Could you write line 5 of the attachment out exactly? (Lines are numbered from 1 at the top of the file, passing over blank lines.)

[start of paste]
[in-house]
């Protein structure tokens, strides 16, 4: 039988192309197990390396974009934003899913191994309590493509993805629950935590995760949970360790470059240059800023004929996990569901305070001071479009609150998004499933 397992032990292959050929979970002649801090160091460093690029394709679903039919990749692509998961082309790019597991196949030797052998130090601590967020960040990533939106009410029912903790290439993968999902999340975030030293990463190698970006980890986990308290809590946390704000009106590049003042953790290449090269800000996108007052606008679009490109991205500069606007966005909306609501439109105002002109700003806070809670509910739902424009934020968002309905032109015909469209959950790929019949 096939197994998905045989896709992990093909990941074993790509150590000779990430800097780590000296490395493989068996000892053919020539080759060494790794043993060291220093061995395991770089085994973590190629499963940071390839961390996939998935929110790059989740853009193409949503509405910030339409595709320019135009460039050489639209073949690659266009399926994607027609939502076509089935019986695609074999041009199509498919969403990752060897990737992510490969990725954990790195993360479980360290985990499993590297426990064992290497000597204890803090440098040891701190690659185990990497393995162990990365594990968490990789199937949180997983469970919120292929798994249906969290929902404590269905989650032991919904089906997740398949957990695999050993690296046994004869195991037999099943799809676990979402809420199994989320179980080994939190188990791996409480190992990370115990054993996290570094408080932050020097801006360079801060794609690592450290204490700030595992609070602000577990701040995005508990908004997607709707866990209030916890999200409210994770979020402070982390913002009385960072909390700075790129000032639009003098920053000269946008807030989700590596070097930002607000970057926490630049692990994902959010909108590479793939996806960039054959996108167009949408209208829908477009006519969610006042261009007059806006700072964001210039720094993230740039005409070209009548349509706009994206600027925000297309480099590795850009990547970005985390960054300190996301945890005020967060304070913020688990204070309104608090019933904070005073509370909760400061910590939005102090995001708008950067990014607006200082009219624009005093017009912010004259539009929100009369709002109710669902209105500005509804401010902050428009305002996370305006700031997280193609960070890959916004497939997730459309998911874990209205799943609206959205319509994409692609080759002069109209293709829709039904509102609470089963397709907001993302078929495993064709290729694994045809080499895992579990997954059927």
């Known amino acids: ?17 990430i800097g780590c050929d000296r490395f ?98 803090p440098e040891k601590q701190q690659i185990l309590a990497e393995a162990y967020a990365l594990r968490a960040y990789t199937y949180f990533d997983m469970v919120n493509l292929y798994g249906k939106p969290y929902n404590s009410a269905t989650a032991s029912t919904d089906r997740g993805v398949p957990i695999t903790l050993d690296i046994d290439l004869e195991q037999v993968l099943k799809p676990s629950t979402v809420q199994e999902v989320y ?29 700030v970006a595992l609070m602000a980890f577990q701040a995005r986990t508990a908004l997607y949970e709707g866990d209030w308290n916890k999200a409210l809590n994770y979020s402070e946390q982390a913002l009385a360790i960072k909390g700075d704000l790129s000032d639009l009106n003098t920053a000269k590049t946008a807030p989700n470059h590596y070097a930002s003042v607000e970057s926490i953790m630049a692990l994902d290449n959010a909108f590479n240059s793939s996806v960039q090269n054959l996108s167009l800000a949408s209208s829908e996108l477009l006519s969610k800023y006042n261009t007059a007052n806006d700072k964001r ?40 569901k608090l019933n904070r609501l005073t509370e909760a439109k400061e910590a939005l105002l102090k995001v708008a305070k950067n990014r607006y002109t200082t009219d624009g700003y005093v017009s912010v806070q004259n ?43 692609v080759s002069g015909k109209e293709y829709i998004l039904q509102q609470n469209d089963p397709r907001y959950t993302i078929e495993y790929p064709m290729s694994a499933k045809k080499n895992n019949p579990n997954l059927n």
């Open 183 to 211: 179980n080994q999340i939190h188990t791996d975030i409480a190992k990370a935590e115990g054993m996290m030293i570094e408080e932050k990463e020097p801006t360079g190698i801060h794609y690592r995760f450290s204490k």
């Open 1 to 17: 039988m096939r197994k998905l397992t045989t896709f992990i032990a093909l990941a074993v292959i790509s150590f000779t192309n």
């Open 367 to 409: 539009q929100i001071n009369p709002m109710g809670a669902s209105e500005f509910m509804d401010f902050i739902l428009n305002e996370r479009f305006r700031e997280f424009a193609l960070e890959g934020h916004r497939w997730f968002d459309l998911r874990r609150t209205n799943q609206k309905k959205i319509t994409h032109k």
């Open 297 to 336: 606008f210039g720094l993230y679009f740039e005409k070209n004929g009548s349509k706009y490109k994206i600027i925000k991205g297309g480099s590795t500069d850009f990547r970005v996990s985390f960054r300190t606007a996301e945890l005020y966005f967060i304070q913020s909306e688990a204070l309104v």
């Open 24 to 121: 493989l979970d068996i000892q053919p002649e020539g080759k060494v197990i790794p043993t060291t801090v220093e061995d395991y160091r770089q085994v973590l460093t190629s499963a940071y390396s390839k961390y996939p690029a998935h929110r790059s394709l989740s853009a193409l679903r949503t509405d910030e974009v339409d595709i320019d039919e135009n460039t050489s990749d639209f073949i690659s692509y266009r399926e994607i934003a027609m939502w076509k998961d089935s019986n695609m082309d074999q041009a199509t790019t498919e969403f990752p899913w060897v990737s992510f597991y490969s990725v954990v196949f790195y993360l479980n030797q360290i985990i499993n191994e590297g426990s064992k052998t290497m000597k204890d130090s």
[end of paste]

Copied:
């Open 1 to 17: 039988m096939r197994k998905l397992t045989t896709f992990i032990a093909l990941a074993v292959i790509s150590f000779t192309n």